Daily Harvest’s Mylk only contains ground almonds, water and himalayan sea salt. Their Almond + Vanilla Mylk contains ground almonds, water, himalayan sea salt and vanilla bean powder. 

Both options are significantly healthier than most commercial alternative milk products, and Daily Harvest Mylk is the only milk alternative product we have recommended to date. It’s also affordable in comparison with their other offerings, costing less than $1 per serving.

Interested consumers can check out Daily Harvest Mylk at this link to the product page on their website.

The Daily Harvest YouTube channel has a 16 second video showing how easy it is to prepare Mylk:

Daily Harvest Scoops Review

Daily Harvest Scoops

Daily Harvest sells ice cream called Scoops, and we find it impressive that they're sweetened naturally rather than with added sugar.

The Scoops contain a variation of maple syrup, organic coconut cream and sweet potato puree to provide the sweet taste, which is a much healthier alternative to regular grocery store ice cream which contains significant amounts of added, processed sugar.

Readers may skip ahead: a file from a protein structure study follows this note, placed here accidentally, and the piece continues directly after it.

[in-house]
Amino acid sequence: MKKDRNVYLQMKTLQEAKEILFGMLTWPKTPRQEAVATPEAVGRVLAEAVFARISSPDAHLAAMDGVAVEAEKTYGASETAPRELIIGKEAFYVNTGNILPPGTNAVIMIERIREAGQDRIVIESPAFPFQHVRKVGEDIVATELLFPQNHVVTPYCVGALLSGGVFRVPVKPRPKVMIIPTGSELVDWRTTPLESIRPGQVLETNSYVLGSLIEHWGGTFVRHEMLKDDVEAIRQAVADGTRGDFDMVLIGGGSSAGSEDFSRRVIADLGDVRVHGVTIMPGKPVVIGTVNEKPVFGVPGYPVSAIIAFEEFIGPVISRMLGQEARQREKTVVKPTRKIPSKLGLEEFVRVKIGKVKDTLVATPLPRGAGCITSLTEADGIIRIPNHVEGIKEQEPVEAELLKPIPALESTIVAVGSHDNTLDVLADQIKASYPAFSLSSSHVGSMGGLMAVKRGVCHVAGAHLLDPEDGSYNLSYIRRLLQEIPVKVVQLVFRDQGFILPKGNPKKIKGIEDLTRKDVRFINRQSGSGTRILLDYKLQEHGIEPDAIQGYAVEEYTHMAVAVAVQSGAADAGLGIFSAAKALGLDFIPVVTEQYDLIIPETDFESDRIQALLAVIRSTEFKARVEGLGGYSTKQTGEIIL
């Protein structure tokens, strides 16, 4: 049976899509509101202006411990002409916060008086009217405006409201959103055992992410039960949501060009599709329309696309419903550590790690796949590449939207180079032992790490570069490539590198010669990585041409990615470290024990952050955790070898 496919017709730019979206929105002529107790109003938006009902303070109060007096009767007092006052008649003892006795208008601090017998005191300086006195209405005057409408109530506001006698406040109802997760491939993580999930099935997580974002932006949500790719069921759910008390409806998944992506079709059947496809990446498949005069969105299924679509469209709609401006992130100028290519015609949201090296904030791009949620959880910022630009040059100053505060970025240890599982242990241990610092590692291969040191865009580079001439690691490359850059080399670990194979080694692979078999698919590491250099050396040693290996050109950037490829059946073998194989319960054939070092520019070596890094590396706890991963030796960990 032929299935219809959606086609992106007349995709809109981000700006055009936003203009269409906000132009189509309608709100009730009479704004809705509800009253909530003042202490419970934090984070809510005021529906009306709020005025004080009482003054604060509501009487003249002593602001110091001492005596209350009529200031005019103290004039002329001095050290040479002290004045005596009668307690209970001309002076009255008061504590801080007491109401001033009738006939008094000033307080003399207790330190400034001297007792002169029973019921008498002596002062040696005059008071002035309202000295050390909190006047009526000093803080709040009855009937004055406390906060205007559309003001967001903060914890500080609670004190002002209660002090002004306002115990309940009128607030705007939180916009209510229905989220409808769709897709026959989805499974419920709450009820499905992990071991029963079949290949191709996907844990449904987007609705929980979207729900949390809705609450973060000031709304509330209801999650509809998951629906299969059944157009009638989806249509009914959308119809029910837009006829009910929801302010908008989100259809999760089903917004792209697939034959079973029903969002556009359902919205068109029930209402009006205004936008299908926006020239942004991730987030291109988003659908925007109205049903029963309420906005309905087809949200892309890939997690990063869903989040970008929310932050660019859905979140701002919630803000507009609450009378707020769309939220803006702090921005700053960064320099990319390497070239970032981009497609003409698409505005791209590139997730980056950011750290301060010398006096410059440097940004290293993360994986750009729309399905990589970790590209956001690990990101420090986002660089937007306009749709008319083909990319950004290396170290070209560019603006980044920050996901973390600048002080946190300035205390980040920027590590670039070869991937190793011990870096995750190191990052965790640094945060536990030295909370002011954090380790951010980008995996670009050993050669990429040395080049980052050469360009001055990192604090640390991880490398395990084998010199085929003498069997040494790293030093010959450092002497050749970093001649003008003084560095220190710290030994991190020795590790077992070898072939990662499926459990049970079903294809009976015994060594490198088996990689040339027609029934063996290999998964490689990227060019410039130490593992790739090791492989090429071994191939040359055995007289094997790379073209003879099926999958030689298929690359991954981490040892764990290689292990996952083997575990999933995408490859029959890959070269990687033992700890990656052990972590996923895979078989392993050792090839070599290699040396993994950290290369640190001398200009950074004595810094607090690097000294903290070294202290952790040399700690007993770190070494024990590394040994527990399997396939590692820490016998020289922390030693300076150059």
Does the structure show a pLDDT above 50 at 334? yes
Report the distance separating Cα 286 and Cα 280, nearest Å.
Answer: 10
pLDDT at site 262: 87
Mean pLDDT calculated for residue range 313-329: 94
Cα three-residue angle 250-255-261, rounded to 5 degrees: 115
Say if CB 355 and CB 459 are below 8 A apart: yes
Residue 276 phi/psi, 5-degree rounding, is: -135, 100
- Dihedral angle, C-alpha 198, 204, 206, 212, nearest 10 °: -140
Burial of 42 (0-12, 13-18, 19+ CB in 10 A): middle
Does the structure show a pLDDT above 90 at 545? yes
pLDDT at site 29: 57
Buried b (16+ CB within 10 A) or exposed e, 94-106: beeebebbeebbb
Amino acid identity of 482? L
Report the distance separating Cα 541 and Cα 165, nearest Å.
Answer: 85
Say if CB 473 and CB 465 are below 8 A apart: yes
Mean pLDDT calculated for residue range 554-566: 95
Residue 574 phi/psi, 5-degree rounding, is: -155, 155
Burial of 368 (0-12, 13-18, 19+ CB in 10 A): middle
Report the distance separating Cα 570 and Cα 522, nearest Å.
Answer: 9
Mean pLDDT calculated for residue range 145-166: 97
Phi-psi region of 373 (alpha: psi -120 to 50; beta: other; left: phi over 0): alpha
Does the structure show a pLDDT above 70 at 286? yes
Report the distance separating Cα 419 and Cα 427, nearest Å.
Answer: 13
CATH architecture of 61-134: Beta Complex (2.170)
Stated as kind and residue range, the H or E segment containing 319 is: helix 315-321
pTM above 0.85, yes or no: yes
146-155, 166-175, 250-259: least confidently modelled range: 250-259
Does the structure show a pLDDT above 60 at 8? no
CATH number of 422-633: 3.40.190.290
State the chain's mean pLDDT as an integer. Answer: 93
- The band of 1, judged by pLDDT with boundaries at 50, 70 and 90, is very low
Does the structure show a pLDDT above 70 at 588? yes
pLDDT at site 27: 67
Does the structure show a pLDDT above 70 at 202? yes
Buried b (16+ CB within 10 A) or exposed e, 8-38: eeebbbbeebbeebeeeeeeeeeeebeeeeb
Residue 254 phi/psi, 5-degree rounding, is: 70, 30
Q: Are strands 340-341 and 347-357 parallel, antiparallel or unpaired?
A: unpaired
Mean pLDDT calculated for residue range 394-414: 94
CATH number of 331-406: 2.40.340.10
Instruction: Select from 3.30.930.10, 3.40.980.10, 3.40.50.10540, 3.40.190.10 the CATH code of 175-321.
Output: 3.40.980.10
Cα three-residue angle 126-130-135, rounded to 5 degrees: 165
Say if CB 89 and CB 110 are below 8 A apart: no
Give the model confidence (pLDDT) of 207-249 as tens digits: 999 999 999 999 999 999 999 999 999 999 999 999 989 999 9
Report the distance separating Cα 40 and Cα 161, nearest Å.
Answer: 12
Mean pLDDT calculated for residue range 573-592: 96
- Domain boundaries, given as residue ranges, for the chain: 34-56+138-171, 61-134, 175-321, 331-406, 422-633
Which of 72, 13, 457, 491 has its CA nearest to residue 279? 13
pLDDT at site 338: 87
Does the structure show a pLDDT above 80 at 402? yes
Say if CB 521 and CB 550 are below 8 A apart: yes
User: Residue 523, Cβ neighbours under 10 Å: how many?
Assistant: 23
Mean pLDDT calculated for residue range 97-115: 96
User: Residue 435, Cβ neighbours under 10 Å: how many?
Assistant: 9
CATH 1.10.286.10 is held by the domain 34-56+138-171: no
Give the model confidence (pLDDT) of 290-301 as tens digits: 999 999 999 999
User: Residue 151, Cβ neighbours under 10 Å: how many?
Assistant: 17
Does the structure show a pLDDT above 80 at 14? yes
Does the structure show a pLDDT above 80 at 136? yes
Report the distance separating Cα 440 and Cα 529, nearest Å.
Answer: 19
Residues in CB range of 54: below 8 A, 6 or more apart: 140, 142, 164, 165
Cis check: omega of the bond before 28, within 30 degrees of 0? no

Maple syrup is shown to have significant levels of phosphorus, potassium, calcium and magnesium and is a great processed sugar alternative when used in moderation.

Coconut has been shown to improve cholesterol levels when added to the diet.

Sweet potato was reviewed by medical researchers in the Advances in Food and Nutrition Research journal and the study authors concluded that “The sweet potato could be considered as an excellent novel source of natural health-promoting compounds, such as beta-carotene and anthocyanins, for the functional food market”.